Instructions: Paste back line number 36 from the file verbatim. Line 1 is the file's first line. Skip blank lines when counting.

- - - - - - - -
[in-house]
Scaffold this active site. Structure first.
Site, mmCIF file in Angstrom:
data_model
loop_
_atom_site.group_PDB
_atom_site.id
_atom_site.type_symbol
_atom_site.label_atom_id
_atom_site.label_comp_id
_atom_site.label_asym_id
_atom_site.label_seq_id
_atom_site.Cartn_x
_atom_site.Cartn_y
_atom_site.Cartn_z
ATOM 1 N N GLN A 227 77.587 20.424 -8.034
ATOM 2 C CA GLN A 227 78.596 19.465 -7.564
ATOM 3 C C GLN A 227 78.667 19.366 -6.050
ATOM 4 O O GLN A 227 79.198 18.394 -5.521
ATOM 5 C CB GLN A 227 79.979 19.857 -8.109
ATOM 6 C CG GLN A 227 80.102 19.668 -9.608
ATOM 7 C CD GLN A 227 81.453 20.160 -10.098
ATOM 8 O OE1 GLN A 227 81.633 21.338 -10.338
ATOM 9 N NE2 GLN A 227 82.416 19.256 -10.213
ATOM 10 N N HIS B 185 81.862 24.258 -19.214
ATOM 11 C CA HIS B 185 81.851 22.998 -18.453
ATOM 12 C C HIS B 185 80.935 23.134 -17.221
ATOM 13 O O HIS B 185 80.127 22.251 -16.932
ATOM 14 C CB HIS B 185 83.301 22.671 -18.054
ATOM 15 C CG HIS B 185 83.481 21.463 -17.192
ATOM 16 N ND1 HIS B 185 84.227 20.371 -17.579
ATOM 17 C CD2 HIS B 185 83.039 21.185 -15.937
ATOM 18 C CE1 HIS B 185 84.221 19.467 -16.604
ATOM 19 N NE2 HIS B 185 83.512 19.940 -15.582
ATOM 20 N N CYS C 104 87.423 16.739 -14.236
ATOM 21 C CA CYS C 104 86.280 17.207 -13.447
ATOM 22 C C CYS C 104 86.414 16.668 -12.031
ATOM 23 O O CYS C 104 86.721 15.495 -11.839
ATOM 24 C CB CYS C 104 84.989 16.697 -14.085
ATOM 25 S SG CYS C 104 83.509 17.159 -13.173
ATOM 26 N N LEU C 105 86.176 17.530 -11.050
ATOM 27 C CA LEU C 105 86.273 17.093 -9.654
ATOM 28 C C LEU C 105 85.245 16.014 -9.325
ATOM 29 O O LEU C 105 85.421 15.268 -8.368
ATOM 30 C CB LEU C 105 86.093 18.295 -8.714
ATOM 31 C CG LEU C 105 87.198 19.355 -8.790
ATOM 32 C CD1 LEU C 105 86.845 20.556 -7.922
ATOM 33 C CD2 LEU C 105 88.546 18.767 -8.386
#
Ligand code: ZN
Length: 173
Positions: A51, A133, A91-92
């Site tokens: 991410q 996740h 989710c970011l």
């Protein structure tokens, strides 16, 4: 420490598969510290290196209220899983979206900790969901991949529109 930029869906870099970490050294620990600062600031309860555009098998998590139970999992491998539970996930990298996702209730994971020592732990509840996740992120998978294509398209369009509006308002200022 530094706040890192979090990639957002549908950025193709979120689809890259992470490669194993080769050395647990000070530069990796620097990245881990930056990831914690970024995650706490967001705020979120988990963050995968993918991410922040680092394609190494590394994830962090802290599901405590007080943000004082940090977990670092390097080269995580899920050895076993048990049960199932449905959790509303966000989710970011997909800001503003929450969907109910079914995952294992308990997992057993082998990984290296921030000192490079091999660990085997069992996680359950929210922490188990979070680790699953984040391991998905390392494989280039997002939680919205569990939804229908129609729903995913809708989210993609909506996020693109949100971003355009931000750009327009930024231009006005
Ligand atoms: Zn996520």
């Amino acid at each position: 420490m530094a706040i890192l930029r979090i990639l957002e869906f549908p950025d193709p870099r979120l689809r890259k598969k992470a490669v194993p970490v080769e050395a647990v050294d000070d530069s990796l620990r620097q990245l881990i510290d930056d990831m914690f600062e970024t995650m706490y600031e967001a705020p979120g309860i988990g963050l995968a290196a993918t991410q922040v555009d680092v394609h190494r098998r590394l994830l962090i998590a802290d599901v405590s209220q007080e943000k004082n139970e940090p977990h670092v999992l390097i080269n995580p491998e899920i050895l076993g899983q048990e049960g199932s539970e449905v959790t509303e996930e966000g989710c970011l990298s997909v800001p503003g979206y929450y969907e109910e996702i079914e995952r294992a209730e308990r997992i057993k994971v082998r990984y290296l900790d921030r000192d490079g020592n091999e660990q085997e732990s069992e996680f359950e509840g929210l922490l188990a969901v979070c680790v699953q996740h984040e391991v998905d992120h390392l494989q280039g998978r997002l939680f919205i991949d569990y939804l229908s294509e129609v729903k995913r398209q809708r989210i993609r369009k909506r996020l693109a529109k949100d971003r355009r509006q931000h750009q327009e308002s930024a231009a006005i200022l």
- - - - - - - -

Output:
ATOM 21 C CA CYS C 104 86.280 17.207 -13.447